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RELEASE: House Ag Committee approves budget strengthening farming and food production in Minnesota

Wednesday, April 6, 2022

SAINT PAUL, Minn. – Today, the Minnesota House Agriculture Committee approved its 2022 finance bill. The legislation delivers new funding for a variety of important initiatives to strengthen farming and food production including areas such as soil health, noxious weed and invasive plant species eradication, pollinator protection, cover crop development, and new opportunities for farmers market vendors. The bill includes investments in small meat cutters and processors, support for hunger relief, financial assistance to emerging farmers, and more.

“Everyone deserves access to healthy, nutritious food, and Minnesota’s farmers and food producers play critical roles in feeding Minnesotans and those across the globe. The investments in this budget look to the future of agriculture, including support of smaller operations and specialty crop producers,” said Rep. Mike Sundin (DFL – Esko), committee chair and bill author. “Our committee has developed these comprehensive solutions with a wide range of perspectives at the table, building on our past successes while helping us look forward. As we help farmers and producers overcome difficulties like last year’s drought and COVID-19-related issues, as well as new problems like Avian Influenza, House DFLers are committed to a broad, diverse, and successful base of farmers to support our strong ag tradition in Minnesota.”

The bill invests a total of $60 million in the current biennium for the Minnesota Department of Agriculture and Agricultural Utilization Research Institute, with an additional $15 million for the next biennium. Investments include $9.5 million for the University of Minnesota’s Forever Green Initiative. Of that total, $5 million is for equipment and physical infrastructure to support breeding and agronomic research on perennial and winter-annual crops. Additionally, $9 million worth of grants will be available to develop continuous living cover crops and cropping systems, including Kernza, winter camelina, hybrid hazelnuts, and elderberry.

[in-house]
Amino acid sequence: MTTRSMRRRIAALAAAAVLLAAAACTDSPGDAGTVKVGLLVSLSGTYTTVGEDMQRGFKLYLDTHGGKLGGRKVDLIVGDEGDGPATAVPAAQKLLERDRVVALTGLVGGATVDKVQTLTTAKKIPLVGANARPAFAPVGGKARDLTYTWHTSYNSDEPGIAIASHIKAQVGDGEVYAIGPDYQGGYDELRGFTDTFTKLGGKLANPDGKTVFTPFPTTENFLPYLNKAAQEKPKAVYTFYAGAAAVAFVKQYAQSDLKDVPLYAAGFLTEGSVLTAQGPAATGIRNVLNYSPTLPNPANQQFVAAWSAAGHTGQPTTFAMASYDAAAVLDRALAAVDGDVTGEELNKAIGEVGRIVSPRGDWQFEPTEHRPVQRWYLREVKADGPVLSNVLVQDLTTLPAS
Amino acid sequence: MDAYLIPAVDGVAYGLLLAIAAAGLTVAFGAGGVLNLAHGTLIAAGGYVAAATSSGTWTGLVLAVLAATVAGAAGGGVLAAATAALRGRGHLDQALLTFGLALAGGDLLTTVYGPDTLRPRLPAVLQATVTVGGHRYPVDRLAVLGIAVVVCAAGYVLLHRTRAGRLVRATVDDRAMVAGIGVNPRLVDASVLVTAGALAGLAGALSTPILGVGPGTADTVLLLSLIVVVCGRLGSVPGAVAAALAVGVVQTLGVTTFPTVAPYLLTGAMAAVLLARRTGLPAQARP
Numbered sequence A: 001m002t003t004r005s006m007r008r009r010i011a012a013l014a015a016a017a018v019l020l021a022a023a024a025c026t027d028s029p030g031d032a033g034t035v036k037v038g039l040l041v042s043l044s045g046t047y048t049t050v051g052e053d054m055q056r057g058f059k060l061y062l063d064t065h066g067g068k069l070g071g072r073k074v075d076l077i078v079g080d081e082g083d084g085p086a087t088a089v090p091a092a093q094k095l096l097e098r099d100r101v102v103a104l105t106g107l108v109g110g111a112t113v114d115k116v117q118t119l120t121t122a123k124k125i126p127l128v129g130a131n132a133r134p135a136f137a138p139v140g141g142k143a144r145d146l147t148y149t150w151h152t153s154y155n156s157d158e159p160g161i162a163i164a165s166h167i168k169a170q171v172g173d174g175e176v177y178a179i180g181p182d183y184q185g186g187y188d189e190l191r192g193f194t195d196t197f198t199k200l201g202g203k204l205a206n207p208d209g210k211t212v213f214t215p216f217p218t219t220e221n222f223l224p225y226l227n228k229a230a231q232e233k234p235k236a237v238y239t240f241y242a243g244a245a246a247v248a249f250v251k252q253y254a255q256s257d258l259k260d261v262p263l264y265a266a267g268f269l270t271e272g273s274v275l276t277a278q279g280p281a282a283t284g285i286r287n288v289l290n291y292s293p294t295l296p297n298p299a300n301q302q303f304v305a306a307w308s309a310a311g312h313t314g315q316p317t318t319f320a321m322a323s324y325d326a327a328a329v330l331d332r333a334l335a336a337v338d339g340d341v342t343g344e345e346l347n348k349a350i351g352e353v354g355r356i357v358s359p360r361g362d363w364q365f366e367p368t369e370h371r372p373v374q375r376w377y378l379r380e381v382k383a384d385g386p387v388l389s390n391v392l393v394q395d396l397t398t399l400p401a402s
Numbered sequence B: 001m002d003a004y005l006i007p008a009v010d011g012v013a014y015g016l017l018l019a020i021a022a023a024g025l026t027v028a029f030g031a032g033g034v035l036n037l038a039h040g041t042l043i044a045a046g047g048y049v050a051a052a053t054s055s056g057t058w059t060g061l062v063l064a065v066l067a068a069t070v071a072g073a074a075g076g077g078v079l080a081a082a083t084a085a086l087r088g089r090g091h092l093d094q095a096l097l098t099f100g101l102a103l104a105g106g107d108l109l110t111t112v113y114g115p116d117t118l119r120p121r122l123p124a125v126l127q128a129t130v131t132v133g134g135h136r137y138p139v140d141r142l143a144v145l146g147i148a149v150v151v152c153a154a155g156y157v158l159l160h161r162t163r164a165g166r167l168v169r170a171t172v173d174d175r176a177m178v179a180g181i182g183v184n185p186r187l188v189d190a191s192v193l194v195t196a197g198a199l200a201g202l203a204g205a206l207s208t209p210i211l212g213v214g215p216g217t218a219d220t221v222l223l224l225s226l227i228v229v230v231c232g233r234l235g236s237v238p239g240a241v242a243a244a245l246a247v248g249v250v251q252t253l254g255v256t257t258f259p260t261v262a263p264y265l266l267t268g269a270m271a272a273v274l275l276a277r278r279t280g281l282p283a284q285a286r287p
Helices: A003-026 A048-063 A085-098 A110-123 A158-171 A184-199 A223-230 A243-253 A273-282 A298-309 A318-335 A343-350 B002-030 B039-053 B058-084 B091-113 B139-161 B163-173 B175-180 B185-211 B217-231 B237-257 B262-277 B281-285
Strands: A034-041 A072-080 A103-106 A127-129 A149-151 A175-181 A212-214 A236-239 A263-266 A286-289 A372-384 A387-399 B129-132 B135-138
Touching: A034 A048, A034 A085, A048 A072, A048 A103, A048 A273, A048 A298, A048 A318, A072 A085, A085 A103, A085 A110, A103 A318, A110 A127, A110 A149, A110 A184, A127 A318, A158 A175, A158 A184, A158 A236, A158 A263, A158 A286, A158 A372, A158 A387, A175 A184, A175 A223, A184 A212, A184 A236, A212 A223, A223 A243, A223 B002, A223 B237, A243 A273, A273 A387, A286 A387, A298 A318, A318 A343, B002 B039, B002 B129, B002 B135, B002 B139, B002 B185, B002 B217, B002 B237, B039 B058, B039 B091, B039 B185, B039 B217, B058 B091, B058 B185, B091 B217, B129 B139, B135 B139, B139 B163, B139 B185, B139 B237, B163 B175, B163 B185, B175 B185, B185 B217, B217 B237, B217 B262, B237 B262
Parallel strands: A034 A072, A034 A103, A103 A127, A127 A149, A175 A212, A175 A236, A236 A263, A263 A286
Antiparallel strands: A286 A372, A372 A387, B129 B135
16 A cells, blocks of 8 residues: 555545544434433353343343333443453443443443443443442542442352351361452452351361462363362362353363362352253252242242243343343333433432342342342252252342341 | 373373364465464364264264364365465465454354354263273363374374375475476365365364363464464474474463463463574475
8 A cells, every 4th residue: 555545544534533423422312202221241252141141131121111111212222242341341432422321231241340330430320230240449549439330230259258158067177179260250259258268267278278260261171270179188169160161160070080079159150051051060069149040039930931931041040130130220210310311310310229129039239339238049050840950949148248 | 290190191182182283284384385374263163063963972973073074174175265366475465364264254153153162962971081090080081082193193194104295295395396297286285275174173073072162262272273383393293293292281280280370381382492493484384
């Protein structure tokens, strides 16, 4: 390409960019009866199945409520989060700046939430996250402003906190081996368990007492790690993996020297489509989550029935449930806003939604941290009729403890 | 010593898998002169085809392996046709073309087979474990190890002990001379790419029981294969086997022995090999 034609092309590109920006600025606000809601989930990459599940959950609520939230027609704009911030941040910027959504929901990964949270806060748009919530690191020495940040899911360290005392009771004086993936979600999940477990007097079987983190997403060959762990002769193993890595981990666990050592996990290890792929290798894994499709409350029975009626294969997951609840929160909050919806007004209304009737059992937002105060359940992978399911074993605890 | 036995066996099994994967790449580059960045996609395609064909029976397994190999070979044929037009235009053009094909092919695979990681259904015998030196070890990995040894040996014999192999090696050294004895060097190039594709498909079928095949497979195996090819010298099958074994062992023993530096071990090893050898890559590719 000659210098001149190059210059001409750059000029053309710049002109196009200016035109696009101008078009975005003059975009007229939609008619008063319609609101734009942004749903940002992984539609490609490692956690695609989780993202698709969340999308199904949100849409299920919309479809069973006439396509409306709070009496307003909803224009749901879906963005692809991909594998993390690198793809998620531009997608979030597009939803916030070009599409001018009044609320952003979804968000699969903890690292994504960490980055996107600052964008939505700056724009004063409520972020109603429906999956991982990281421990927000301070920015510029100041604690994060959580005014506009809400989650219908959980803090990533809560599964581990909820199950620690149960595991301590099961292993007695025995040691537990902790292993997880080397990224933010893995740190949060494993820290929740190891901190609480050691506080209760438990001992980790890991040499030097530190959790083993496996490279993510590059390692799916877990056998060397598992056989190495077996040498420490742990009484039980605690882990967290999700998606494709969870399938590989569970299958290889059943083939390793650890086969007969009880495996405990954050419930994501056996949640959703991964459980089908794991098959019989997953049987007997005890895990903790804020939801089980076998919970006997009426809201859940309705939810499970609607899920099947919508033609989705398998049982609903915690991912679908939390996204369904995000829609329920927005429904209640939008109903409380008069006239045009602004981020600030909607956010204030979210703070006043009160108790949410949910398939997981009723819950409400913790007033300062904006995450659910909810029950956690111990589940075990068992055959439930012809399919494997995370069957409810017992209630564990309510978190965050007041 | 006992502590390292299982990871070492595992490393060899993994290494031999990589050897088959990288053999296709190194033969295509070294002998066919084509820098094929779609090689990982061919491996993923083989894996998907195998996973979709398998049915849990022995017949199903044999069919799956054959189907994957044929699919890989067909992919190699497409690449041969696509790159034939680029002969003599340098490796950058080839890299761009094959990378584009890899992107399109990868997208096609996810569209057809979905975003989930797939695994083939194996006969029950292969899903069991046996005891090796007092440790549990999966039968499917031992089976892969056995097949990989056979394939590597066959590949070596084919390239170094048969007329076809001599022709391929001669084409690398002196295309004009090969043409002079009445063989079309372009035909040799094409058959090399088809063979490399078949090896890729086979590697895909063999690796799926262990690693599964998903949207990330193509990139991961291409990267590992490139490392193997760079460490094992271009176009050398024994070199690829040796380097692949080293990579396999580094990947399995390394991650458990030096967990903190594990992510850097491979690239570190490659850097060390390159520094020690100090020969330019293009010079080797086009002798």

Other investments include $2 million to address noxious weeds and invasive plant species, $1.5 million to create and implement a program to support farmers markets and direct marketing producers, $100,000 for lab testing for the Minnesota meat and poultry inspection program, $6.725 million for the soil health financial assistance, $2 million for the pollinator research, and $425,000 for a food safety program analysis. The bill also includes a prohibition on plastic-coated fertilizers and pesticides and regulates seed treated with a neonicotinoid pesticide

The budget funds an $8 million increase for Agricultural Growth, Research, and Innovation programs, including increases for Good Food Access, Urban and Youth Ag, and Farm to School grants, $3 million in bioincentive payments, and $300,000 more for Farm Business Management tuition assistance.

To support emerging farmers and food-system-related businesses, the bill includes $2 million for technical and culturally appropriate services. The bill establishes a down payment assistance program, providing up to $15,000 for Minnesotans who are purchasing a farm. To help Minnesotans experiencing food insecurity, the bill invests $3 million in grants to Second Harvest Heartland.

The bill continues efforts to expand availability for meat and poultry processing along with career pathways in the field with $3 million for meat processing facility grants, $500,000 for MinnState meat cutting programs, $500,000 for grants to secondary career and technical education programs in meat-cutting and butchery, $100,000 for grants and other assistance to small meat and poultry processors. To help prevent the spread of Chronic Wasting Disease among Minnesota’s wild deer population, the bill includes a moratorium on new whitetailed deer farms.

The bill will next be considered by the House Ways and Means Committee. Information and documents from the hearing are available on the committee webpage, and video will be available on House Public Information Services’ YouTube channel.